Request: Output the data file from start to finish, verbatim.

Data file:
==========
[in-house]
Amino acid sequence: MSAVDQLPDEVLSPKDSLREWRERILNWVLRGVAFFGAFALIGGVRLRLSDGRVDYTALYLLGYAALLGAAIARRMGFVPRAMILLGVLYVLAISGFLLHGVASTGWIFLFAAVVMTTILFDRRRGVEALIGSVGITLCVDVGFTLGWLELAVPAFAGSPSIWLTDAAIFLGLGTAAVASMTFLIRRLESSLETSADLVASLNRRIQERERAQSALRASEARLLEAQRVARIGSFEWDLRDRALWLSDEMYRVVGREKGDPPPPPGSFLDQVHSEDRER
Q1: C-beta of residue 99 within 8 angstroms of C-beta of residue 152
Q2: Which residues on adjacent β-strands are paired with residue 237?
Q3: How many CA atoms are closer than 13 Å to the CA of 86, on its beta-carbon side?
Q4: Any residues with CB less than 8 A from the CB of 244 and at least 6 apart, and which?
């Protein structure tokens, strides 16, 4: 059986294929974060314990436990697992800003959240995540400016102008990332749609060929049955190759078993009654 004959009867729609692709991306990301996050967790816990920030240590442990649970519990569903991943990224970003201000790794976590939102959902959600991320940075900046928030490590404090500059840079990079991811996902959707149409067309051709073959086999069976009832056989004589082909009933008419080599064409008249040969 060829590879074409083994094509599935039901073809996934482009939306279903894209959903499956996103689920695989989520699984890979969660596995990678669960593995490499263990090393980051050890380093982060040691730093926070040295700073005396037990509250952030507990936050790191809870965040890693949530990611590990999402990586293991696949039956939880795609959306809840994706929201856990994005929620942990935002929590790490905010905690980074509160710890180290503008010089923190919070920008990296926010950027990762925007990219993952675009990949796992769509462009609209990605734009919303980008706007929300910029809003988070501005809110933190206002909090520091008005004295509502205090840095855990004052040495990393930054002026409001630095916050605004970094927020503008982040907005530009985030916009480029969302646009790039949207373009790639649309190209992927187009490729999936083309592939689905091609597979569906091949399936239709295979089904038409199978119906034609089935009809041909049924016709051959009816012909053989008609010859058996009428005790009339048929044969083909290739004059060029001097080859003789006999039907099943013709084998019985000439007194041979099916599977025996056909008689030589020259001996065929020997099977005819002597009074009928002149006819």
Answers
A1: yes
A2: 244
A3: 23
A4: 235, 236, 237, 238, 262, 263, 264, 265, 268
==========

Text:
[in-house]
Amino acid sequence: MSAVDQLPDEVLSPKDSLREWRERILNWVLRGVAFFGAFALIGGVRLRLSDGRVDYTALYLLGYAALLGAAIARRMGFVPRAMILLGVLYVLAISGFLLHGVASTGWIFLFAAVVMTTILFDRRRGVEALIGSVGITLCVDVGFTLGWLELAVPAFAGSPSIWLTDAAIFLGLGTAAVASMTFLIRRLESSLETSADLVASLNRRIQERERAQSALRASEARLLEAQRVARIGSFEWDLRDRALWLSDEMYRVVGREKGDPPPPPGSFLDQVHSEDRER
Q1: C-beta of residue 99 within 8 angstroms of C-beta of residue 152
Q2: Which residues on adjacent β-strands are paired with residue 237?
Q3: How many CA atoms are closer than 13 Å to the CA of 86, on its beta-carbon side?
Q4: Any residues with CB less than 8 A from the CB of 244 and at least 6 apart, and which?
């Protein structure tokens, strides 16, 4: 059986294929974060314990436990697992800003959240995540400016102008990332749609060929049955190759078993009654 004959009867729609692709991306990301996050967790816990920030240590442990649970519990569903991943990224970003201000790794976590939102959902959600991320940075900046928030490590404090500059840079990079991811996902959707149409067309051709073959086999069976009832056989004589082909009933008419080599064409008249040969 060829590879074409083994094509599935039901073809996934482009939306279903894209959903499956996103689920695989989520699984890979969660596995990678669960593995490499263990090393980051050890380093982060040691730093926070040295700073005396037990509250952030507990936050790191809870965040890693949530990611590990999402990586293991696949039956939880795609959306809840994706929201856990994005929620942990935002929590790490905010905690980074509160710890180290503008010089923190919070920008990296926010950027990762925007990219993952675009990949796992769509462009609209990605734009919303980008706007929300910029809003988070501005809110933190206002909090520091008005004295509502205090840095855990004052040495990393930054002026409001630095916050605004970094927020503008982040907005530009985030916009480029969302646009790039949207373009790639649309190209992927187009490729999936083309592939689905091609597979569906091949399936239709295979089904038409199978119906034609089935009809041909049924016709051959009816012909053989008609010859058996009428005790009339048929044969083909290739004059060029001097080859003789006999039907099943013709084998019985000439007194041979099916599977025996056909008689030589020259001996065929020997099977005819002597009074009928002149006819």
Answers
A1: yes
A2: 244
A3: 23
A4: 235, 236, 237, 238, 262, 263, 264, 265, 268